WhichBooks Are Good to Read?

WhichBooks Are Good to Read?.


“a neat little flash app that permits you to select on a sliding scale up to four different features of a novel and then recommends a list of prospective reading to you. (Plain-text available here). (via sixdifferentways).” [MetaFilter]

Interesting application that would be even more interesting integrated into a library's online catalog. Here's more information about the project, which does indeed have librarians working in the background.

“Opening the Book and the Society of Chief Librarians have created a new company – Openlibraries Ltd – to develop whichbook.net, (previously known as Book Forager.)

Openlibraries has been awarded £350,000 from the New Opportunities Fund to expand whichbook.net over the next two years, by increasing the number of titles on the system and by creating links between whichbook.net and public library catalogues on the web. We are working in partnership with Applied Psychology Research, libraries, publishers, library systems suppliers, the Poetry Society and the National Library for the Blind to create a unique resource for readers….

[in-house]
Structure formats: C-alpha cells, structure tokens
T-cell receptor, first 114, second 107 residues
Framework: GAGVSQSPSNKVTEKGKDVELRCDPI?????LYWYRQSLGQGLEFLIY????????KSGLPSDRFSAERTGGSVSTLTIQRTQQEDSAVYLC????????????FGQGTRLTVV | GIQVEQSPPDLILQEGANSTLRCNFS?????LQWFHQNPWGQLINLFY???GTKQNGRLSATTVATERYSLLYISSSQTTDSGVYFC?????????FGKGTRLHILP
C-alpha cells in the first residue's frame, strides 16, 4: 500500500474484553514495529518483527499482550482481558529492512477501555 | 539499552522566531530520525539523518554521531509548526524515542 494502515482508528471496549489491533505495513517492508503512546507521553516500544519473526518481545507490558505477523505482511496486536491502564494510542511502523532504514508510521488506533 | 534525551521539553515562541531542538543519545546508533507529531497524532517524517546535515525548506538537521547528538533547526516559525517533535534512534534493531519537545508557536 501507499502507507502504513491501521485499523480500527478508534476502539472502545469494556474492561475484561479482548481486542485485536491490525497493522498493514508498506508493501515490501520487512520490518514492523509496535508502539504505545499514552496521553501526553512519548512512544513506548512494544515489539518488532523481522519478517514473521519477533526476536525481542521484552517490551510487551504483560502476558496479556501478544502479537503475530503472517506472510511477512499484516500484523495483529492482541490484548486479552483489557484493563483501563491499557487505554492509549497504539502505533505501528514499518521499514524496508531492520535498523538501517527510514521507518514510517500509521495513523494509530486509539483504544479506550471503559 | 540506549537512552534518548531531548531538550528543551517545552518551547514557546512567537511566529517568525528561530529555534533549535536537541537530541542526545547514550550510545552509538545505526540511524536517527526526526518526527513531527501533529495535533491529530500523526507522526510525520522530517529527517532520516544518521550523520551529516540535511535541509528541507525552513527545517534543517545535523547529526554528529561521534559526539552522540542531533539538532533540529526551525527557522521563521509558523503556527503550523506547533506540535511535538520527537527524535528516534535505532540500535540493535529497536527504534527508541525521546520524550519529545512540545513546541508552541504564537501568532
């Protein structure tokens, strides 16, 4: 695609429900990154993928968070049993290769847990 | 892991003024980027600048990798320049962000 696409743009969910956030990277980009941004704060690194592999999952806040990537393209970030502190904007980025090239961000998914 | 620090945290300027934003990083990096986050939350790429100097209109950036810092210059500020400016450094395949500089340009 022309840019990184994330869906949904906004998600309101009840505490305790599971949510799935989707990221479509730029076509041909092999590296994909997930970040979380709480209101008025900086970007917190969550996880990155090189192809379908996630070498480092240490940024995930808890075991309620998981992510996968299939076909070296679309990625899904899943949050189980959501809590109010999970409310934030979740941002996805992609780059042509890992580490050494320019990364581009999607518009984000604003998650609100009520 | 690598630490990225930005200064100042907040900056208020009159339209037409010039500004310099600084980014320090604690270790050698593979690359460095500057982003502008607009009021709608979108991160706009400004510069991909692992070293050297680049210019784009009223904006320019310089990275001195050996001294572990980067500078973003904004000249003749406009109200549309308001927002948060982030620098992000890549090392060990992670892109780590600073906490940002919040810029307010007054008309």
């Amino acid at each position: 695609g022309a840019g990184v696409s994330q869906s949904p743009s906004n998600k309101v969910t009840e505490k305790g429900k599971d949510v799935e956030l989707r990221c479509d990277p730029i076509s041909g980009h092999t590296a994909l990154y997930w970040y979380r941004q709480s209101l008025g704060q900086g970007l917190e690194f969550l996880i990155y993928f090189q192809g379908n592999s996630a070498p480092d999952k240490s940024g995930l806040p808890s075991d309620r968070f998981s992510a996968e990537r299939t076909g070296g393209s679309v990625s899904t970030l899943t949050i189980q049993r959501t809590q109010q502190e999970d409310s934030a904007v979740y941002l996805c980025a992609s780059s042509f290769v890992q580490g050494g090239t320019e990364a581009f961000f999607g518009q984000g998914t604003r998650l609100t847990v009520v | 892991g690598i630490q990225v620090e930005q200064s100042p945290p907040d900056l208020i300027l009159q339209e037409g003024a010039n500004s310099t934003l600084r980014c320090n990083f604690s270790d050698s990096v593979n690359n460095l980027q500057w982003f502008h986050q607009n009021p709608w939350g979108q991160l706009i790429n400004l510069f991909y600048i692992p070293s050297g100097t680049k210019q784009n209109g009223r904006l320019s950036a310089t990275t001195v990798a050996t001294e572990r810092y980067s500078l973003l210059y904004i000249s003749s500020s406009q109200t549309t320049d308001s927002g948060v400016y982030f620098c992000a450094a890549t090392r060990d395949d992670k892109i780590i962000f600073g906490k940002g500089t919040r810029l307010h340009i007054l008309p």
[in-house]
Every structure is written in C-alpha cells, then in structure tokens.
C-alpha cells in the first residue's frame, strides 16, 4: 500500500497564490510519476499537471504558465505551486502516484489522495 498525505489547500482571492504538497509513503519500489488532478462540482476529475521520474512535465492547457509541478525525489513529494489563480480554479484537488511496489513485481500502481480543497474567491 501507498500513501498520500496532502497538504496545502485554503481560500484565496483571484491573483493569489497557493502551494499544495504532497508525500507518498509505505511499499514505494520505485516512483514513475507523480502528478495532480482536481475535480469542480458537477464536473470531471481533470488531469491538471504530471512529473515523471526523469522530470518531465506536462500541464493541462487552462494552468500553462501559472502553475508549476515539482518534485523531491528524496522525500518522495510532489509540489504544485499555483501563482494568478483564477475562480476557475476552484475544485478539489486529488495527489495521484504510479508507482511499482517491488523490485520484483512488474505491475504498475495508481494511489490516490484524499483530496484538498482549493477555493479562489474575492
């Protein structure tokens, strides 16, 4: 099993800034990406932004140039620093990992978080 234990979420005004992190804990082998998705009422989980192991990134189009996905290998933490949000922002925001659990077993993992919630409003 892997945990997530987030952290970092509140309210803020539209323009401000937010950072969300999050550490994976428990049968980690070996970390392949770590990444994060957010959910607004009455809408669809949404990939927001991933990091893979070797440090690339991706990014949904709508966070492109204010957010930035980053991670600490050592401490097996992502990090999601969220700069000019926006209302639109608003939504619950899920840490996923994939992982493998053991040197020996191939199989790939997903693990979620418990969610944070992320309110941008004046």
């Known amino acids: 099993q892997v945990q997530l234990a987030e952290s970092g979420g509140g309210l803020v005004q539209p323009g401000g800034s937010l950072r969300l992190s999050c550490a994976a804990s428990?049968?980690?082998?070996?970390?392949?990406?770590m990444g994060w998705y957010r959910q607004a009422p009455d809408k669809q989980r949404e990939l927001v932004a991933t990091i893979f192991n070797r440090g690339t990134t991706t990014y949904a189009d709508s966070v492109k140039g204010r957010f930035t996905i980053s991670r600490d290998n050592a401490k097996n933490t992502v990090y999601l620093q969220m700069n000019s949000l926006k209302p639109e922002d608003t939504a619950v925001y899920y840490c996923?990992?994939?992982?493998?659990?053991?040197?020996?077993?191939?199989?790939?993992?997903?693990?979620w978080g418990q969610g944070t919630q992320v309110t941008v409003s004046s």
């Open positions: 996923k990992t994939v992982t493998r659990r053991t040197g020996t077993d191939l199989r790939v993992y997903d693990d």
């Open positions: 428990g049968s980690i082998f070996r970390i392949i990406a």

The books in the database are all fiction and poetry in paperback written in or translated into English and published since 1995. Some library services are endeavouring to purchase all the titles in the whichbook.net database. To see a list of titles go to www.openlibraries.net.”

I know James and David will be interested in this one, too, right guys? Also, if you're looking for more sites to help you find good reads, see if your local library subscribes to NoveList, a commercial database for this kind of thing. You can find hundreds more links at Morton Grove PL's Webrary, including their homegrown MatchBook Service.

Addendum: I forgot to note that this is based on U.K. catalogs, although the “borrow” option that goes to a map and then a dropdown list of libraries is pretty slick in general. I'd love to see something like that implemented in the Virtual Illinois Catalog.  [The Shifted Librarian]

Leave a comment